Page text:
So, how do graph databases work?

Graph databases are comprised of a collection of nodes and edges. Nodes represent a given entity (a noun), while edges (a verb) represent the relationship between the two nodes they connect. For example, pitcher Randy Johnson (node) faces (edge) batter John Kruk (node).

When do you choose a graph database model over a relational model?

While graph and relational schema are capable of achieving the same ends, graph models make it easier to express certain queries. Since it’s easier to manage many-to-many relationships, graph models are better suited for applications where relationships between data entities are the focus. They’re also better for applications that need to traverse connected data sources to generate insights, such as applications with hierarchical data where the queries may involve traversing the hierarchies. Graph databases allow you to express traversal or navigation queries easily, using join-free pattern matching.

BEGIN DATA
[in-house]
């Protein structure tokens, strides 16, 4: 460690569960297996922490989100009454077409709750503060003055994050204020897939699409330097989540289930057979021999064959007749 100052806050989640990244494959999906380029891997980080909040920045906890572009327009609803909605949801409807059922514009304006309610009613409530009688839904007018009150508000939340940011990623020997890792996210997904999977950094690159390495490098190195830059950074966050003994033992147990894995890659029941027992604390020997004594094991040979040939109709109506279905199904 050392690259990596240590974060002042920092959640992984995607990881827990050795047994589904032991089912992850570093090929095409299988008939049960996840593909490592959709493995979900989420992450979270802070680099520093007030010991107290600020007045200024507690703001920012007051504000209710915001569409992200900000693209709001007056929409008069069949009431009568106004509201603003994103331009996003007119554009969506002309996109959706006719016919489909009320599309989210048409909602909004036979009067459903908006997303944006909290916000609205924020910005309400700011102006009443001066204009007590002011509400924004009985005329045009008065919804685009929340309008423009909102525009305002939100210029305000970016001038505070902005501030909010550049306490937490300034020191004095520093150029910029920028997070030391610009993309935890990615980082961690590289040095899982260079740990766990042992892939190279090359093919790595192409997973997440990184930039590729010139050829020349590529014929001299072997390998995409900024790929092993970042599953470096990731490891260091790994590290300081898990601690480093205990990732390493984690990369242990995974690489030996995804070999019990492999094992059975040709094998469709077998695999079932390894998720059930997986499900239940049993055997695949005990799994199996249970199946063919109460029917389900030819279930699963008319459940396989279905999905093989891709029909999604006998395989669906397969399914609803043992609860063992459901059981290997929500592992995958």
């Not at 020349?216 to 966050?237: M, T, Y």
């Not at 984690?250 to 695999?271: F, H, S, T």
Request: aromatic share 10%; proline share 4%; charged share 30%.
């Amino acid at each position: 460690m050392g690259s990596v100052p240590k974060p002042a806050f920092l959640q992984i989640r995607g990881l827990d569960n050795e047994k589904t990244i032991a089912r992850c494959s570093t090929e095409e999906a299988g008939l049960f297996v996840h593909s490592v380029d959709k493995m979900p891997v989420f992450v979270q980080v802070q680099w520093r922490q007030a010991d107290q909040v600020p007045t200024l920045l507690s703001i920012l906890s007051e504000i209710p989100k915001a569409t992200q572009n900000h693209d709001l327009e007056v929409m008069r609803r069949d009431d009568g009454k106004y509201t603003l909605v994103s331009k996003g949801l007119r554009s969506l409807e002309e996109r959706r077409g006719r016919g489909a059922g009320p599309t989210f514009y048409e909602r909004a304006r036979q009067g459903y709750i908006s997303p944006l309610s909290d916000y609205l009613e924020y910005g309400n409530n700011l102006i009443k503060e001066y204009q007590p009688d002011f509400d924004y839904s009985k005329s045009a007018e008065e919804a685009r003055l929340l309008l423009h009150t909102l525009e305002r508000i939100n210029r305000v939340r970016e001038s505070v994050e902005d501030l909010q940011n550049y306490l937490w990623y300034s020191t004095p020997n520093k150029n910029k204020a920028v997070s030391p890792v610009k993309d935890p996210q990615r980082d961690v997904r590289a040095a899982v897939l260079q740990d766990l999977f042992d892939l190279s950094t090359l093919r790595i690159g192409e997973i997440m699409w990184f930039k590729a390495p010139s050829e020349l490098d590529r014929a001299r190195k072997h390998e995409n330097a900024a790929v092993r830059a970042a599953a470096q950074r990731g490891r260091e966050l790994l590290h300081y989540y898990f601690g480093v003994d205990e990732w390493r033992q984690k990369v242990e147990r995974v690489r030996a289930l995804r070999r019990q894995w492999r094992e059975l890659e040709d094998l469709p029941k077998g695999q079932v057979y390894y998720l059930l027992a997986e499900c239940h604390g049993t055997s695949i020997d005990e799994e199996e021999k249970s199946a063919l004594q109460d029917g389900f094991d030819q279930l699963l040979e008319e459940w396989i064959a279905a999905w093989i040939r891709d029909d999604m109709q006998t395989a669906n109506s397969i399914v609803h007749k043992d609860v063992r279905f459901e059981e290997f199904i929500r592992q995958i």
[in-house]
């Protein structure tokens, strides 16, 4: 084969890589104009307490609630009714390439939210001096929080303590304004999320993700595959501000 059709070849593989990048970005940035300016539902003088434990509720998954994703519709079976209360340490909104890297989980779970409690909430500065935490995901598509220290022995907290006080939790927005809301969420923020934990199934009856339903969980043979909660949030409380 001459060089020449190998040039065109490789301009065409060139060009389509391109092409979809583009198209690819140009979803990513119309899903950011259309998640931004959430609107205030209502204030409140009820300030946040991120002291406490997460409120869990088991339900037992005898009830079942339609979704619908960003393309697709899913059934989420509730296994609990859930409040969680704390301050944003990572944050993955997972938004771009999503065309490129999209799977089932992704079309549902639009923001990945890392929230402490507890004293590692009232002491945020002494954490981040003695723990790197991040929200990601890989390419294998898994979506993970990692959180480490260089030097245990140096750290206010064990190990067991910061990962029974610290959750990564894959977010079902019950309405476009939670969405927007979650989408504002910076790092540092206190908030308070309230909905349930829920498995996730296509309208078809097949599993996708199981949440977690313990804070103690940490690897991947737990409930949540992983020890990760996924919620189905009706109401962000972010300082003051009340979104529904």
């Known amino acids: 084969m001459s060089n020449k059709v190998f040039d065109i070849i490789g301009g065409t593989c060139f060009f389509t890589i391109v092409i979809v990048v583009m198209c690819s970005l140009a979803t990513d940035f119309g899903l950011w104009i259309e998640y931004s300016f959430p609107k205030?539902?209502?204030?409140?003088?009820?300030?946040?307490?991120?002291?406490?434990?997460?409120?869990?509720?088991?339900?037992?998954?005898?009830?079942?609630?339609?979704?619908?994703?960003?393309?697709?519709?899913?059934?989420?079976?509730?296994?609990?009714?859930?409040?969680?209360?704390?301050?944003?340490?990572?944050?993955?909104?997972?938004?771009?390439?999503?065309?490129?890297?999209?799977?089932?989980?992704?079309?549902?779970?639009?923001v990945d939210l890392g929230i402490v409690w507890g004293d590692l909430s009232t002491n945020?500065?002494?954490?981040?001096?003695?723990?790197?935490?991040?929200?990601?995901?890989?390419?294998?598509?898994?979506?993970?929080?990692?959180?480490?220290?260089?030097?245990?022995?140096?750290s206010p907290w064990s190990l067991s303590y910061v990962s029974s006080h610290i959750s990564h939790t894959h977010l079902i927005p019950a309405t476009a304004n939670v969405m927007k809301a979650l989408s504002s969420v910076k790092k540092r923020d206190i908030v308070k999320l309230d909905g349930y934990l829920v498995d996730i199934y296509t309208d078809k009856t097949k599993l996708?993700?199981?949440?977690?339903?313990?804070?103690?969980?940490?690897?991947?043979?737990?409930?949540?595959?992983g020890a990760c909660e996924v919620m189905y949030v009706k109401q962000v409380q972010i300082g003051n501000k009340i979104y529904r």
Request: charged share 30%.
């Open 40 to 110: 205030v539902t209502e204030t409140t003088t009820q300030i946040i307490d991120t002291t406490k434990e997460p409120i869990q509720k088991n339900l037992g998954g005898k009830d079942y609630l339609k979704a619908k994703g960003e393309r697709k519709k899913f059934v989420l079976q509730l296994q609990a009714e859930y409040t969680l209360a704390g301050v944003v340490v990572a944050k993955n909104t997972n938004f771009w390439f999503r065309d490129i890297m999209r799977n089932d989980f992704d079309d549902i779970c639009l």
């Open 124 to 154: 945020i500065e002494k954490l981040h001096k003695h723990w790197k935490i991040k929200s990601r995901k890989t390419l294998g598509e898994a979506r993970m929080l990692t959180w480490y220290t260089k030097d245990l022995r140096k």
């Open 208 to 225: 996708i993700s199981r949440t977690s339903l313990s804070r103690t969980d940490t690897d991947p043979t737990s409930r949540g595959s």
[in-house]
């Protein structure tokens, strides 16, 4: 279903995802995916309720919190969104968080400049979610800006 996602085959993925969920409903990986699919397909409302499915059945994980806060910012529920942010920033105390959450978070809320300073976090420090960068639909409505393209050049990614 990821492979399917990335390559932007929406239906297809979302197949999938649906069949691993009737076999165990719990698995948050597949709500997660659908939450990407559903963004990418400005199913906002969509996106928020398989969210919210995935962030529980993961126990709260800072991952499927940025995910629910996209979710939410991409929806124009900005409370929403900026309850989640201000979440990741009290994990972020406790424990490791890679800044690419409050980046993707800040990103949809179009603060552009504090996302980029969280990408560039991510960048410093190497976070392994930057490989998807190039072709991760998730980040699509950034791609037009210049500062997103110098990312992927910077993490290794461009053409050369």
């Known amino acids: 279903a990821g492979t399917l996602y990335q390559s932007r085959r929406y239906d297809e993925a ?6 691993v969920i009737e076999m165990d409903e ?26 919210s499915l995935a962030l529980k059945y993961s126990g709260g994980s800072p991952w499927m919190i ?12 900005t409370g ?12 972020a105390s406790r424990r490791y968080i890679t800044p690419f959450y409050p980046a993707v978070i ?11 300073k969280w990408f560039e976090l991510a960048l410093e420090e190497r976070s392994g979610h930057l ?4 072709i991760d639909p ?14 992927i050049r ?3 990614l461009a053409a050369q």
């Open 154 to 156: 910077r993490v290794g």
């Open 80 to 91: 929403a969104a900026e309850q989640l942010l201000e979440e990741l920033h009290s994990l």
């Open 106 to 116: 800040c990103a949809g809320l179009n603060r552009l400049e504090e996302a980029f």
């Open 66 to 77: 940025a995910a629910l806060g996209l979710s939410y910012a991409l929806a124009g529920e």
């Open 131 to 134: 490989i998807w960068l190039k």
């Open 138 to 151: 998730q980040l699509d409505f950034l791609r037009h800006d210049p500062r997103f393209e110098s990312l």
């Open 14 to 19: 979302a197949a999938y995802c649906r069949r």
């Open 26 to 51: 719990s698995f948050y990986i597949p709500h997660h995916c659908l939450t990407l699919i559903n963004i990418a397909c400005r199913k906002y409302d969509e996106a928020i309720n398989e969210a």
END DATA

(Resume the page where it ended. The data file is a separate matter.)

The T-SQL Graph extension offers the best of both worlds.

If you’ve already licensed SQL Server 2017, there’s no need to purchase a second system to manage more complex database needs. SQL Server 2017 fully integrates with Transact-SQL (T-SQL) to create and query graph objects. Maintain your existing SQL Server database and benefit from pairing graph capabilities with other SQL Server technologies like columnstore, HA, R services, and others. SQL graph database also supports all the security and compliance features available with SQL Server.

Download and try SQL Server 2017 on the platform of your choice today, and see for yourself.



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terça-feira, 12 de dezembro de 2017

[From Technet] Try mssql-cli, a new interactive command line tool for SQL Server